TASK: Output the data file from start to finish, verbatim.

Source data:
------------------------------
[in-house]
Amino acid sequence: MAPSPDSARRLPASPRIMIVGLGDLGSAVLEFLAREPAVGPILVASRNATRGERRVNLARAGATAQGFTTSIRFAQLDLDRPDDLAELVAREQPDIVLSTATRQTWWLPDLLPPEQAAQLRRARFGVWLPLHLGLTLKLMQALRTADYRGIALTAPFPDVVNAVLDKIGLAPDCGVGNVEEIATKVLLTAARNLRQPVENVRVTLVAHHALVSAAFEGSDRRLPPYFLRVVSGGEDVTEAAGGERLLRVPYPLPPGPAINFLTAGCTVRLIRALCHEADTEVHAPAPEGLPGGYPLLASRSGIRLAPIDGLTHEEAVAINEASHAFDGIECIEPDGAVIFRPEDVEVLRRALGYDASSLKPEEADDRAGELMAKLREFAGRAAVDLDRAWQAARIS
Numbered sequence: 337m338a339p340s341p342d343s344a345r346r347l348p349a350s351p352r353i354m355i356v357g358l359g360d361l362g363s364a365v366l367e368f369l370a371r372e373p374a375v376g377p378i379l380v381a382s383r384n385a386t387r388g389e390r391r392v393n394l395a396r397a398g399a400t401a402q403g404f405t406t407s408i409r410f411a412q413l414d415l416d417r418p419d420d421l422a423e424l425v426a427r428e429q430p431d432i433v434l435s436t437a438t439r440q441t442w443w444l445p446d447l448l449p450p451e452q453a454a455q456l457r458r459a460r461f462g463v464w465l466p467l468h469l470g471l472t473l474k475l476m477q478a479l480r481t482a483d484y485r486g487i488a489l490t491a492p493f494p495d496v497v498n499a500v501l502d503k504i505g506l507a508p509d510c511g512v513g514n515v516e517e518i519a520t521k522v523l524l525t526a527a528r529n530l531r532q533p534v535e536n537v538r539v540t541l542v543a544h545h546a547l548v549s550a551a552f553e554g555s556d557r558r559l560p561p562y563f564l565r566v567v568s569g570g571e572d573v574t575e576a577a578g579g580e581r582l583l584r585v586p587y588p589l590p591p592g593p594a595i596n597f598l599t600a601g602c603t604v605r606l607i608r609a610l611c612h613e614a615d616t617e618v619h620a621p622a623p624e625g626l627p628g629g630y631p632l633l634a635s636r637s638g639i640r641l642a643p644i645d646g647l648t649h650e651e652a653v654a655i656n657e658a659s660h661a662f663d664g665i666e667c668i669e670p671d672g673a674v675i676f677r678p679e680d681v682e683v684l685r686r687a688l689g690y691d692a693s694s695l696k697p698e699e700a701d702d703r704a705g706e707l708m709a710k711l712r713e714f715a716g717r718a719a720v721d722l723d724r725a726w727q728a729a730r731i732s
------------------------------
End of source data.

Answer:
[in-house]
Amino acid sequence: MAPSPDSARRLPASPRIMIVGLGDLGSAVLEFLAREPAVGPILVASRNATRGERRVNLARAGATAQGFTTSIRFAQLDLDRPDDLAELVAREQPDIVLSTATRQTWWLPDLLPPEQAAQLRRARFGVWLPLHLGLTLKLMQALRTADYRGIALTAPFPDVVNAVLDKIGLAPDCGVGNVEEIATKVLLTAARNLRQPVENVRVTLVAHHALVSAAFEGSDRRLPPYFLRVVSGGEDVTEAAGGERLLRVPYPLPPGPAINFLTAGCTVRLIRALCHEADTEVHAPAPEGLPGGYPLLASRSGIRLAPIDGLTHEEAVAINEASHAFDGIECIEPDGAVIFRPEDVEVLRRALGYDASSLKPEEADDRAGELMAKLREFAGRAAVDLDRAWQAARIS
Numbered sequence: 337m338a339p340s341p342d343s344a345r346r347l348p349a350s351p352r353i354m355i356v357g358l359g360d361l362g363s364a365v366l367e368f369l370a371r372e373p374a375v376g377p378i379l380v381a382s383r384n385a386t387r388g389e390r391r392v393n394l395a396r397a398g399a400t401a402q403g404f405t406t407s408i409r410f411a412q413l414d415l416d417r418p419d420d421l422a423e424l425v426a427r428e429q430p431d432i433v434l435s436t437a438t439r440q441t442w443w444l445p446d447l448l449p450p451e452q453a454a455q456l457r458r459a460r461f462g463v464w465l466p467l468h469l470g471l472t473l474k475l476m477q478a479l480r481t482a483d484y485r486g487i488a489l490t491a492p493f494p495d496v497v498n499a500v501l502d503k504i505g506l507a508p509d510c511g512v513g514n515v516e517e518i519a520t521k522v523l524l525t526a527a528r529n530l531r532q533p534v535e536n537v538r539v540t541l542v543a544h545h546a547l548v549s550a551a552f553e554g555s556d557r558r559l560p561p562y563f564l565r566v567v568s569g570g571e572d573v574t575e576a577a578g579g580e581r582l583l584r585v586p587y588p589l590p591p592g593p594a595i596n597f598l599t600a601g602c603t604v605r606l607i608r609a610l611c612h613e614a615d616t617e618v619h620a621p622a623p624e625g626l627p628g629g630y631p632l633l634a635s636r637s638g639i640r641l642a643p644i645d646g647l648t649h650e651e652a653v654a655i656n657e658a659s660h661a662f663d664g665i666e667c668i669e670p671d672g673a674v675i676f677r678p679e680d681v682e683v684l685r686r687a688l689g690y691d692a693s694s695l696k697p698e699e700a701d702d703r704a705g706e707l708m709a710k711l712r713e714f715a716g717r718a719a720v721d722l723d724r725a726w727q728a729a730r731i732s